The FCC has noticed there just aren't enough radio frequencies, and if the USA wants national broadband it's going to have to find more space in which to put it.
If the USA is going to have a National Broadband plan, then it's going to have to speed up the audit of radio spectrum usage, in the hope of discovering large swathes of it aren't being used, or are at least being used very inefficiently.
Blair Levin is the FCC official trying to put together the National Broadband plan, and told industry executives on Wednesday that: "A key input is spectrum". Continuing this remarkable insight, Mr Levin continued: "There is consensus in the record; there is not enough of it."
Just as in Europe, it's the military who are being accused of hoarding spectrum against possible future use. While the UK is well on the way to understanding who uses which frequencies and for what, industry lobbyists the CTIA reckon that the USA is over a decade away from such an understanding.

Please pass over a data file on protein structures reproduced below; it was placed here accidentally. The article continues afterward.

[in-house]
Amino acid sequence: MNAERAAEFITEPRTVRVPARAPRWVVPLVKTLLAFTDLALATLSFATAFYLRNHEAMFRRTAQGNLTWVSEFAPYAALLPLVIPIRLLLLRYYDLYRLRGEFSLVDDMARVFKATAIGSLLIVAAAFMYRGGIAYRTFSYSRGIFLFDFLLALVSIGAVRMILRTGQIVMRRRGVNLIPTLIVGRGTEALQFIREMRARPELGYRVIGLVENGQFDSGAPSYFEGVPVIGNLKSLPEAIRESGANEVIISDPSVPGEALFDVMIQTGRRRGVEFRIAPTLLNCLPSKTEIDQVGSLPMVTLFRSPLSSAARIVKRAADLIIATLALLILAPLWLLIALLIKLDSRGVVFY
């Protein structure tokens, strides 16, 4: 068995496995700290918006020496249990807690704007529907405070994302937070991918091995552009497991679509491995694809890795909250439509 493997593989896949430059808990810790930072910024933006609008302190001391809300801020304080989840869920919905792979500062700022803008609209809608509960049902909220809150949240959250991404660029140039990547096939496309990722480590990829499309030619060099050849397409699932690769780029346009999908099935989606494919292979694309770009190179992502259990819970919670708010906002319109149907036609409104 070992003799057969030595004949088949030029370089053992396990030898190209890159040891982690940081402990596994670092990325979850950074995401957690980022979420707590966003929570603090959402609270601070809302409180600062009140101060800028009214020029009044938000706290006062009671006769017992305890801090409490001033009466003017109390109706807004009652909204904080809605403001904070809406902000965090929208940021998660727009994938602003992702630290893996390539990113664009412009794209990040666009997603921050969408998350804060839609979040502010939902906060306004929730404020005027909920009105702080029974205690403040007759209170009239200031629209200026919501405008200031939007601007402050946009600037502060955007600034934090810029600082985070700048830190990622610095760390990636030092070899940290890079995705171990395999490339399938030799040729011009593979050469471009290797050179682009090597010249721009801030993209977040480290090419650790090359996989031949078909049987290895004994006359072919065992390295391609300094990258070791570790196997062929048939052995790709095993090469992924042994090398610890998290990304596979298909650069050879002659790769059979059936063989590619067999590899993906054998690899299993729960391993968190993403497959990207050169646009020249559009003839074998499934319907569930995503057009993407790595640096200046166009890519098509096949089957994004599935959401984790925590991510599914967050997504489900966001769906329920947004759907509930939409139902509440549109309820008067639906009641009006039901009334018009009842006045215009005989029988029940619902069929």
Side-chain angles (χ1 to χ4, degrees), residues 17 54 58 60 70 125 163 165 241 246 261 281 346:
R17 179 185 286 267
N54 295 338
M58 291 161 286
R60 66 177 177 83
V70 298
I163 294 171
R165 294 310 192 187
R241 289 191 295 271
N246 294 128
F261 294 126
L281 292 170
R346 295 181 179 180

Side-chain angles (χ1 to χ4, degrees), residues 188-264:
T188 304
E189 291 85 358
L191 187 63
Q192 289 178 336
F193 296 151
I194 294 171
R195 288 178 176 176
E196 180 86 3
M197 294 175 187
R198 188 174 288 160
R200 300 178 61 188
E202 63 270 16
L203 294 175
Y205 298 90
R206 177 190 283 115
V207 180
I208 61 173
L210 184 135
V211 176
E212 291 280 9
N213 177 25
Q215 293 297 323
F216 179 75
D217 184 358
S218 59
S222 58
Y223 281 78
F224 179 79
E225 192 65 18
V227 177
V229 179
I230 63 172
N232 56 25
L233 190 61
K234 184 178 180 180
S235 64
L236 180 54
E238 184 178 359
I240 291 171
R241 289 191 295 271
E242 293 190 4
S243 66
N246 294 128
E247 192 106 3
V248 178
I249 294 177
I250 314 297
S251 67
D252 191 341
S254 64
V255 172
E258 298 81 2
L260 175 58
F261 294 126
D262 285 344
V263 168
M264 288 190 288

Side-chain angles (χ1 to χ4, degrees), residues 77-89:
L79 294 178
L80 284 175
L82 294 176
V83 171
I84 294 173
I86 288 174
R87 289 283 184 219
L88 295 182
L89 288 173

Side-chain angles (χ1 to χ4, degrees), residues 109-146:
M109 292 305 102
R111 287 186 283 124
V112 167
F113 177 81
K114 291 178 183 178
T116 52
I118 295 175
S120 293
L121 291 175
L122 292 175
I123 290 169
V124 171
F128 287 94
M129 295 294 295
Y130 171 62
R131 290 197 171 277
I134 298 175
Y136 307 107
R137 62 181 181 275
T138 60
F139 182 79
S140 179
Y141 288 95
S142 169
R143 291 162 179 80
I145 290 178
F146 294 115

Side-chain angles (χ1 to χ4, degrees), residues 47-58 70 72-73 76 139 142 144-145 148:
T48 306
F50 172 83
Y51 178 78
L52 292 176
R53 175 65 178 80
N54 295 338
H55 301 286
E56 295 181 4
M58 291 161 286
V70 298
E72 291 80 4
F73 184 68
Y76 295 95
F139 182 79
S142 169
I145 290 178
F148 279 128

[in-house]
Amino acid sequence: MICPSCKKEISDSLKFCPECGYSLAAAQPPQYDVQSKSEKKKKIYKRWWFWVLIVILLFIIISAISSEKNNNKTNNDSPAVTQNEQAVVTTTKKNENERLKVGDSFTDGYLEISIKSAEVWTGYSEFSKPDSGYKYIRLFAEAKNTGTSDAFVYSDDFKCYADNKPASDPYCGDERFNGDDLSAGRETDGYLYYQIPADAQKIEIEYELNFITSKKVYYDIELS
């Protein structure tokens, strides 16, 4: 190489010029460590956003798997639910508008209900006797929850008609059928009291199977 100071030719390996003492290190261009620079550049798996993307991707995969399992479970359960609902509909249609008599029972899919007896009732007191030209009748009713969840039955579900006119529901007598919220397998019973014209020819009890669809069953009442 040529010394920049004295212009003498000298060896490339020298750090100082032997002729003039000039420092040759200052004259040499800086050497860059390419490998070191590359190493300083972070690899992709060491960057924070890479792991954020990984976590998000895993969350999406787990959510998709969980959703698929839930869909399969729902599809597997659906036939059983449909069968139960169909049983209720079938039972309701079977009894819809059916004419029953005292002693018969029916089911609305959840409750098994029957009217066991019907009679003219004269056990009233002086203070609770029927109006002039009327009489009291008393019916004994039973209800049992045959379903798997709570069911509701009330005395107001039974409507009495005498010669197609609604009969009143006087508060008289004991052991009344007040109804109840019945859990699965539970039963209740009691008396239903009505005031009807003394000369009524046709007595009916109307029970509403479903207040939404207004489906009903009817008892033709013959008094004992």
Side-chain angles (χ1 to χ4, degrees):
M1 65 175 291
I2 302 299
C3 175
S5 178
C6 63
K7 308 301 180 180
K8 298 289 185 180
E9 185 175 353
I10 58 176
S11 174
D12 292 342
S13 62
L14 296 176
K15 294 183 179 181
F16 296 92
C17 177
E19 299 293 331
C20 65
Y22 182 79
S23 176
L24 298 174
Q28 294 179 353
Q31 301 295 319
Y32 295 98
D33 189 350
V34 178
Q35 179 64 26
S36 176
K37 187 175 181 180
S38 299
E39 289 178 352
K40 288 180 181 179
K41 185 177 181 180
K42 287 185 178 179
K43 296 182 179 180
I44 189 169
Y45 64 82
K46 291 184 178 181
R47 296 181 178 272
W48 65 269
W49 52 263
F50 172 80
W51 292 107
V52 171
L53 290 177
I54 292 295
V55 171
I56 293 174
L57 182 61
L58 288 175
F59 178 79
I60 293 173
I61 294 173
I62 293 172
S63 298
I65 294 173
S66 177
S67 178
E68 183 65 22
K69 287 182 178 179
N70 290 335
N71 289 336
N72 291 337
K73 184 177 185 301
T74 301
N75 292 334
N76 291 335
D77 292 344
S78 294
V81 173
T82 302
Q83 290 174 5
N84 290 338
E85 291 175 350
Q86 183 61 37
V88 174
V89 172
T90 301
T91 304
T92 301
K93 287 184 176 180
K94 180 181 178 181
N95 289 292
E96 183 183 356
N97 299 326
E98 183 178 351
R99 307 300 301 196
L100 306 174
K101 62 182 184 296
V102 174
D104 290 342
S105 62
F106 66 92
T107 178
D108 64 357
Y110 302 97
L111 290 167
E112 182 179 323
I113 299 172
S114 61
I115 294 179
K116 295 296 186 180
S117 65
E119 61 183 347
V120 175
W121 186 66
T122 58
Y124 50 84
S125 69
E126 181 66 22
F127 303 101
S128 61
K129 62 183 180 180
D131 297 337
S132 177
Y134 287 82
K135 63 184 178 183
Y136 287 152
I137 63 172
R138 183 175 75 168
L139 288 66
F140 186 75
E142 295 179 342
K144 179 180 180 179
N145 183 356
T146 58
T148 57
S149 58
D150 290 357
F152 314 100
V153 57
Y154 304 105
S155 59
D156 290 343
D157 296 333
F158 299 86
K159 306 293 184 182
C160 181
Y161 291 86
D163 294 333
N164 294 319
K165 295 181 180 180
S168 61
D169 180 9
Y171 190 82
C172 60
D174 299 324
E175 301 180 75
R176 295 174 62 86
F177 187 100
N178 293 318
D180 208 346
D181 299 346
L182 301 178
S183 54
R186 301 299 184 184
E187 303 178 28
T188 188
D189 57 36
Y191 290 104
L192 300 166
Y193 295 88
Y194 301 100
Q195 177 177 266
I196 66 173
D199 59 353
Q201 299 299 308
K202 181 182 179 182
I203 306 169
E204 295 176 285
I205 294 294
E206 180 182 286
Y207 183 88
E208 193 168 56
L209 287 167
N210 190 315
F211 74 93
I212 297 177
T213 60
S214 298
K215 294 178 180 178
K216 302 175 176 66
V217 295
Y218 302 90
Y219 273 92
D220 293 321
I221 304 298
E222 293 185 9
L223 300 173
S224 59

It is much easier to just take bands away from the amateur radio crowd, such as 2360-2400MHz (just below the wi-fi bands) which GE Healthcare has been trying to get reallocated for a while now (FCC consultation PDF).
Hoping for more insight on Mr. Levin's remarks, we headed over to the FCC blog, but no-one's had the chance to explain where the additional spectrum might come from (or, more importantly, what happens when it becomes clear there isn't going to be any). The FCC Twitter feed was, needless to say, equally unhelpful on the matter. ®